North Carolina votes for bigotry

Today was the vote for Amendment 1 in North Carolina.  For those who hadn't heard, this was a measure to amend the state constitution to exclude gay people from having the right to marry.  And the proponents of this bigotry plan to celebrate by eating wedding cake.

Why should this bother you?  You're straight.  You can marry, maybe you are married.  So, this is a victory for you because now your sacred institution of marriage is protected from us evil gay people who wish to destroy it.

Think for a moment how you would feel if it were your marriage that people were voting on.  Think how you would feel if you were told by the general populace that you really didn't love your spouse, so you didn't deserve to get married?  Or that it was okay to live how you choose, but that it was not right for you to call your relationship with your spouse a "marriage"?  Then tell me how much of a victory it would be for the rest of us to ban your right to marry.

You may not think that gay people have the right to marry.  You may think that allowing gay people to marry changes the definition of marriage and that this is in some way bad.  But, you should ask yourself--why do you have the right to tell another couple whether they can get married?  Why do you have the power to proscribe such a union?  And, if you do have that power, what's to stop other people from telling you that your marriage is invalid?

Something to think about: in 1875 the NC state constitution was amended to make interracial marriages illegal.  This is clearly not in force any longer.  But, the point is, how many times must we go through the same mistakes of our own history?  How often will we oppress people who are different?  Why is there such a propensity for the majority to oppress the minority?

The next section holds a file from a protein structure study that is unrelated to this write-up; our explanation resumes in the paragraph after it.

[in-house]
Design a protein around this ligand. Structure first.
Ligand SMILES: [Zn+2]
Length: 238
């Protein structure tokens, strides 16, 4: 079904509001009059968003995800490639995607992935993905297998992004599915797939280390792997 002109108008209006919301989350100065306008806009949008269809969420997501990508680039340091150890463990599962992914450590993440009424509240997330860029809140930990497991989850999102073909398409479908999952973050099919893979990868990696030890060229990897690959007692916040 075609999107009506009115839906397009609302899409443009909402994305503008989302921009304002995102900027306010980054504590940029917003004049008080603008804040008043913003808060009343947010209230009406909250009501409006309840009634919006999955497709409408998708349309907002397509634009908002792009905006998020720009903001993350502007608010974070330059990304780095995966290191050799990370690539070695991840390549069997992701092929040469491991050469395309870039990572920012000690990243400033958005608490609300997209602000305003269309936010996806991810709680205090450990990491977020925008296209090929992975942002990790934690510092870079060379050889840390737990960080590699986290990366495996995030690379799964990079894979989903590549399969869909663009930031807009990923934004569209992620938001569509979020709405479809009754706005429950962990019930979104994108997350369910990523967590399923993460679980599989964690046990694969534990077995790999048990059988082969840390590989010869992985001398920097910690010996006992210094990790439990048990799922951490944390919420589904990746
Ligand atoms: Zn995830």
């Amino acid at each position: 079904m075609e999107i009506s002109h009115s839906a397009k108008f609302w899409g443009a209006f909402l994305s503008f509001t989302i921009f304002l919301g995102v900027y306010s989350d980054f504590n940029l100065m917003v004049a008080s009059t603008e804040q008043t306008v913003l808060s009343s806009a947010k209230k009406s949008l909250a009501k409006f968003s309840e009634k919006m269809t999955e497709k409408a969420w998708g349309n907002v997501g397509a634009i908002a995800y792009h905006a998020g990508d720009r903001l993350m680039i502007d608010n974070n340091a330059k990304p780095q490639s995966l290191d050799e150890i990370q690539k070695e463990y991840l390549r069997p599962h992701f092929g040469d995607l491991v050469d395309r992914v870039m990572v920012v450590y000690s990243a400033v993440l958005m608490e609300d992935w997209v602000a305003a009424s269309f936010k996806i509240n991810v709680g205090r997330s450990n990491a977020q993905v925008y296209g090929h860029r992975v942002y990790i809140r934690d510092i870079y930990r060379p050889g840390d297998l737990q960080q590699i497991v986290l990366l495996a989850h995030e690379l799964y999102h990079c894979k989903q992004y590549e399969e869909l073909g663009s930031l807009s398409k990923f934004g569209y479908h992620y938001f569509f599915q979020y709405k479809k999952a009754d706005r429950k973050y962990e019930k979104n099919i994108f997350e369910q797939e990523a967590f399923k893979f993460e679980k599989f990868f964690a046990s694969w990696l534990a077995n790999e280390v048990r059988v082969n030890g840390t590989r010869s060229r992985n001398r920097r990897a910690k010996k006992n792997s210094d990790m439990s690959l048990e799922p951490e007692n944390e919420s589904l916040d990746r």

The opponents of marriage equality know that the only way they can enforce their bigoted goals is to put it to a vote of the people.  Most people are straight.  In fact, by any estimates, over 90% of the population is straight.  So, it's no surprise that it's easy to get a majority of the voters to oppose equal rights for marriage.  In the courts, judges understand the concept of equality.  They understand these patterns that we're seeing here--how time after time we've excluded a minority from the benefit of the rights listed in and guaranteed by the Constitution of our great nation.  Proposition 8 in California has been twice tried and twice overturned.  The only way that we can each individually protect our liberties is by protecting everyone's liberties.  As soon as any one of us claims the ability to revoke or obstruct another's rights, we have forfeited our own rights in the same motion.

Proponents of marriage inequality claim that their interest is in protecting the children.  Banning gay marriage does not protect children.  It harms them.  It teaches them that bigotry is okay.  It teaches them that oppressing a group of people is okay.  It teaches them that fearing or hating someone because they are different is okay.  It perpetuates the prejudices of the previous generations.  It promotes hatred and discourages mutual understanding.  It also teaches the gay children that they do not have a place in society--that they must pretend to be something other than what they are.  None of this is good for the children.  None of it is healthy.

Children are not born bigots.  They are taught to be bigoted by their parents and role models.  We do not come into this world with pre-conceived notions about whom we should hate and whom we should fear.  We are taught that in our youth.  I was taught to fear gay people.  I was taught that gay people are a menace to our very way of life.  In effect, I was taught that I was wrong--not that I was wrong about any particular belief or opinion, but that my very existence was wrong.  This teaching did not protect me from any evil--it was itself a grave evil.

And so, I ask anyone who reads this post: what benefit do you get from preventing gay people from marrying?  What possible positive outcome can it have for you?  If you do not wish to marry someone of the same sex, then by all means don't.  But, how does it help you to prevent anyone else from doing that, if they wish?  And, how does it hurt you if you allow gay people to marry?  In what way are you adversely affected?  What rights and privileges do you enjoy which would be jeopardized by me marrying my fianc√©?

This vote will stand as a scourge on our history.  It will stand as a moment when bigotry and hate won, when human rights were oppressed, just as when our society promoted segregation of the races and outlawed interracial marriage.  Do not stand on this side of history.  Stand on the side of freedom--on the side of protecting what we Americans hold most dear: our liberty.